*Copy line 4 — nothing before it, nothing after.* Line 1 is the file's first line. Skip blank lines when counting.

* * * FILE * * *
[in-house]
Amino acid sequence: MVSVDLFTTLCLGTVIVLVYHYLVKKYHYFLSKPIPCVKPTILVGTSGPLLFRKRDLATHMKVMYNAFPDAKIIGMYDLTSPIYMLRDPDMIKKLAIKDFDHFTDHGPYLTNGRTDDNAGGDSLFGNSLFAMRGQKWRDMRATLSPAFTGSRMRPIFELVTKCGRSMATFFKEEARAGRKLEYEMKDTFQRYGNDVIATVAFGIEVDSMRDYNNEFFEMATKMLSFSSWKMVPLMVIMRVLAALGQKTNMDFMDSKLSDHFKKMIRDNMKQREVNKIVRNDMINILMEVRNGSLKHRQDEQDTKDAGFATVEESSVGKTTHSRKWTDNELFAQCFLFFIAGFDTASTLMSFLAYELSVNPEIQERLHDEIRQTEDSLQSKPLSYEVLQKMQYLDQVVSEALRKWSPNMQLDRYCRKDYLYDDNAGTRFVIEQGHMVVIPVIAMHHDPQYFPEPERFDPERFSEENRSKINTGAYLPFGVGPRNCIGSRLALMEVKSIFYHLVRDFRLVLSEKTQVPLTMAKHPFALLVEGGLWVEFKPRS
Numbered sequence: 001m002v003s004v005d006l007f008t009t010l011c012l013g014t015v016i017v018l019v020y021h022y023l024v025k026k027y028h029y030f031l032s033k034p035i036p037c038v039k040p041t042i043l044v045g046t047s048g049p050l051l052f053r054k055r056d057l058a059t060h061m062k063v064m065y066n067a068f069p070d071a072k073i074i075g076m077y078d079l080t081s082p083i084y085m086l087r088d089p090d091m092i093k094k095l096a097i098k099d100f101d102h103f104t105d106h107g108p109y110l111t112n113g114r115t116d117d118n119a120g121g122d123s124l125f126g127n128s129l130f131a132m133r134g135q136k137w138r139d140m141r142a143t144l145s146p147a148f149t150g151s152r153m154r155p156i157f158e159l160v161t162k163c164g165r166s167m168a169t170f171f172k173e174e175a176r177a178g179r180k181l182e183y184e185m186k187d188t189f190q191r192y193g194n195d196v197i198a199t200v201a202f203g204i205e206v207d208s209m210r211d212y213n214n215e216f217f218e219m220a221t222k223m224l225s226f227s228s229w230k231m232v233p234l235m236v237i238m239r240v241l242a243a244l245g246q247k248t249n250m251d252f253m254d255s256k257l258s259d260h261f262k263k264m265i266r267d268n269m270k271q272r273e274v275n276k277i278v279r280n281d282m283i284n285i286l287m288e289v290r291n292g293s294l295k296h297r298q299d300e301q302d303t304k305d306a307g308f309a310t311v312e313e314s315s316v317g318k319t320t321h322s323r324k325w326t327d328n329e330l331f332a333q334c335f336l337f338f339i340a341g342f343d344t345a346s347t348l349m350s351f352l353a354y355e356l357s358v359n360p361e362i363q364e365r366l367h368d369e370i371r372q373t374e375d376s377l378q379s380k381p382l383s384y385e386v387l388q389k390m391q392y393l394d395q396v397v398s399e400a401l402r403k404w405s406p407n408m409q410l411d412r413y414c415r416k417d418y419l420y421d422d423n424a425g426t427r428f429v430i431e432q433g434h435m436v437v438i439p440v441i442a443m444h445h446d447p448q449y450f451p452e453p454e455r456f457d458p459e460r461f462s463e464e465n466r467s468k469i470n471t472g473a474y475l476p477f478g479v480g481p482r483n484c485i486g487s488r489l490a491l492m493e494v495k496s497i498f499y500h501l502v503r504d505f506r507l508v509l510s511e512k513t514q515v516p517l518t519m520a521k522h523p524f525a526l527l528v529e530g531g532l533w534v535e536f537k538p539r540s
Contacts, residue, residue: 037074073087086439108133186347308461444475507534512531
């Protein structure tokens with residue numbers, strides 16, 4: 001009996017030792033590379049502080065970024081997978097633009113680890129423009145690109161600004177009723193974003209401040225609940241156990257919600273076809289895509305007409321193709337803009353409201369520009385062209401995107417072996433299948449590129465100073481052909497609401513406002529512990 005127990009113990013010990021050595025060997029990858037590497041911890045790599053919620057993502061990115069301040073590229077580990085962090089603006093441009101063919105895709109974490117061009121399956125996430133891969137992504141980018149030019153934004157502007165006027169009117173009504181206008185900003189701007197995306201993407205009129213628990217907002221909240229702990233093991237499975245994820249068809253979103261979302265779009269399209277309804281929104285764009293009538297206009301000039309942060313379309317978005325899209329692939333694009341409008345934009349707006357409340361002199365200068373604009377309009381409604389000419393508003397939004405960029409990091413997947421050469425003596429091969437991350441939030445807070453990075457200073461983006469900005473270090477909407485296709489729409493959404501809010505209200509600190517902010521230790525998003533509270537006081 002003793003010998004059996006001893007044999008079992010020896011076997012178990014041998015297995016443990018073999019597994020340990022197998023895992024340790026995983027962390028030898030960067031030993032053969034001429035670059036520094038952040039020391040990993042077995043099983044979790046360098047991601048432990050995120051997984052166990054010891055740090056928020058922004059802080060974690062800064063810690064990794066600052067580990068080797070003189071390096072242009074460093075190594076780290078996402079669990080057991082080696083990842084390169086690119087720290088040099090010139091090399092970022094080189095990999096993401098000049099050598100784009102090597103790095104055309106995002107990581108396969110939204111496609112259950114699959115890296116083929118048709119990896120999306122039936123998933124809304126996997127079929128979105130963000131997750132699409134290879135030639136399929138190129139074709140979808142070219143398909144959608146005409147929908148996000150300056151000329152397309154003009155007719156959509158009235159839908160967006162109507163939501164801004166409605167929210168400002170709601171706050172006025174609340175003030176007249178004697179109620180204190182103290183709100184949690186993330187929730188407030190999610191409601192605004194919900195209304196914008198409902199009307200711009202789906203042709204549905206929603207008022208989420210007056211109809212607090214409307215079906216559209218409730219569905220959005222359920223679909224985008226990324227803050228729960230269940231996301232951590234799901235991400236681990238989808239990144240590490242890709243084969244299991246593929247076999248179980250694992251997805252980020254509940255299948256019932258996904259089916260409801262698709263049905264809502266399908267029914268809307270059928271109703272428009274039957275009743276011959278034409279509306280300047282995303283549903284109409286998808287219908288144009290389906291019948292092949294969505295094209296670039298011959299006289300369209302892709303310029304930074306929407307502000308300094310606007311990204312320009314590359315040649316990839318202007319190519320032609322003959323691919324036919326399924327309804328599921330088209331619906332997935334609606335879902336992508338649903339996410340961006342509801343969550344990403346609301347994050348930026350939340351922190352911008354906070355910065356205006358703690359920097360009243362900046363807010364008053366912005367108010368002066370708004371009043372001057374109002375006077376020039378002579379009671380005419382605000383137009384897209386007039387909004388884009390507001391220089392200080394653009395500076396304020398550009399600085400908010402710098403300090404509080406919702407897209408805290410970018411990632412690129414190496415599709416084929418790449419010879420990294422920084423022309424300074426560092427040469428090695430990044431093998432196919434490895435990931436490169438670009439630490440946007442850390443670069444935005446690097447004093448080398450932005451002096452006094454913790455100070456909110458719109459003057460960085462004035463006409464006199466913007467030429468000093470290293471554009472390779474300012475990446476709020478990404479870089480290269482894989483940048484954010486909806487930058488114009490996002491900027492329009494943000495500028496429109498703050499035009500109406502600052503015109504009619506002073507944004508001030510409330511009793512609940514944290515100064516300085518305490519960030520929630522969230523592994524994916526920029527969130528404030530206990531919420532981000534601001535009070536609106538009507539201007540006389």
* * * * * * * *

Contacts, residue, residue: 037074073087086439108133186347308461444475507534512531